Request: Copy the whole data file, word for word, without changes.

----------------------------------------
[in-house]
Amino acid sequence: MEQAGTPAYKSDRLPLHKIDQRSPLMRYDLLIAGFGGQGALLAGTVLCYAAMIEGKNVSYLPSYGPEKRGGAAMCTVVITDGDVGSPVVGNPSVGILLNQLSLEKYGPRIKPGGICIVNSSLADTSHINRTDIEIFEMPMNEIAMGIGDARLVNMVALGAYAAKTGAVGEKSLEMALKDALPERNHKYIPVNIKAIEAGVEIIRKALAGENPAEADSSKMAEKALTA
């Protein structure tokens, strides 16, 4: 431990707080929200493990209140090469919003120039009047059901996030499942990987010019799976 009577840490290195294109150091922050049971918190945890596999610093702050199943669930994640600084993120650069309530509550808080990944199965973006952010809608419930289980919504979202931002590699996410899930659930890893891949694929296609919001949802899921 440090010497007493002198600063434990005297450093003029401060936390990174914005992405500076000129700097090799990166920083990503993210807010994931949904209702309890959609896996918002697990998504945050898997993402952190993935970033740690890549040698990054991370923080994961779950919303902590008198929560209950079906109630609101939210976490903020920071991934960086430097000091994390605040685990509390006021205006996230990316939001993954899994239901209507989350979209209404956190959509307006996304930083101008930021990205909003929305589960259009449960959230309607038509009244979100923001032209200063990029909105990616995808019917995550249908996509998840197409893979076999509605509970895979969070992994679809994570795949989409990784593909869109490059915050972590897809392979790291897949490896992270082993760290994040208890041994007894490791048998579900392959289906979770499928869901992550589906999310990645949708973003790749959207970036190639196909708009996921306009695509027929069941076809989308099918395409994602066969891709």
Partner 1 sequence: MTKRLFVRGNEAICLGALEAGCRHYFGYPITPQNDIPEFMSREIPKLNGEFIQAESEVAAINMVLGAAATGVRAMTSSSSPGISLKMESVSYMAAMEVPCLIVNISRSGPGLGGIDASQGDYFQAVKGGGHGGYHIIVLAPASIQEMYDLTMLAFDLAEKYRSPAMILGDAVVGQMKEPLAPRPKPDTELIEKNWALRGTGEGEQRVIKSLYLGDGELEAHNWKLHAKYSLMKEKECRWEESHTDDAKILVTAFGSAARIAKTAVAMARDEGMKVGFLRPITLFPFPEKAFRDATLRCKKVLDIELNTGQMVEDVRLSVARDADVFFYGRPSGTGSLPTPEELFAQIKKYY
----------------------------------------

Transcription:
[in-house]
Amino acid sequence: MEQAGTPAYKSDRLPLHKIDQRSPLMRYDLLIAGFGGQGALLAGTVLCYAAMIEGKNVSYLPSYGPEKRGGAAMCTVVITDGDVGSPVVGNPSVGILLNQLSLEKYGPRIKPGGICIVNSSLADTSHINRTDIEIFEMPMNEIAMGIGDARLVNMVALGAYAAKTGAVGEKSLEMALKDALPERNHKYIPVNIKAIEAGVEIIRKALAGENPAEADSSKMAEKALTA
């Protein structure tokens, strides 16, 4: 431990707080929200493990209140090469919003120039009047059901996030499942990987010019799976 009577840490290195294109150091922050049971918190945890596999610093702050199943669930994640600084993120650069309530509550808080990944199965973006952010809608419930289980919504979202931002590699996410899930659930890893891949694929296609919001949802899921 440090010497007493002198600063434990005297450093003029401060936390990174914005992405500076000129700097090799990166920083990503993210807010994931949904209702309890959609896996918002697990998504945050898997993402952190993935970033740690890549040698990054991370923080994961779950919303902590008198929560209950079906109630609101939210976490903020920071991934960086430097000091994390605040685990509390006021205006996230990316939001993954899994239901209507989350979209209404956190959509307006996304930083101008930021990205909003929305589960259009449960959230309607038509009244979100923001032209200063990029909105990616995808019917995550249908996509998840197409893979076999509605509970895979969070992994679809994570795949989409990784593909869109490059915050972590897809392979790291897949490896992270082993760290994040208890041994007894490791048998579900392959289906979770499928869901992550589906999310990645949708973003790749959207970036190639196909708009996921306009695509027929069941076809989308099918395409994602066969891709």
Partner 1 sequence: MTKRLFVRGNEAICLGALEAGCRHYFGYPITPQNDIPEFMSREIPKLNGEFIQAESEVAAINMVLGAAATGVRAMTSSSSPGISLKMESVSYMAAMEVPCLIVNISRSGPGLGGIDASQGDYFQAVKGGGHGGYHIIVLAPASIQEMYDLTMLAFDLAEKYRSPAMILGDAVVGQMKEPLAPRPKPDTELIEKNWALRGTGEGEQRVIKSLYLGDGELEAHNWKLHAKYSLMKEKECRWEESHTDDAKILVTAFGSAARIAKTAVAMARDEGMKVGFLRPITLFPFPEKAFRDATLRCKKVLDIELNTGQMVEDVRLSVARDADVFFYGRPSGTGSLPTPEELFAQIKKYY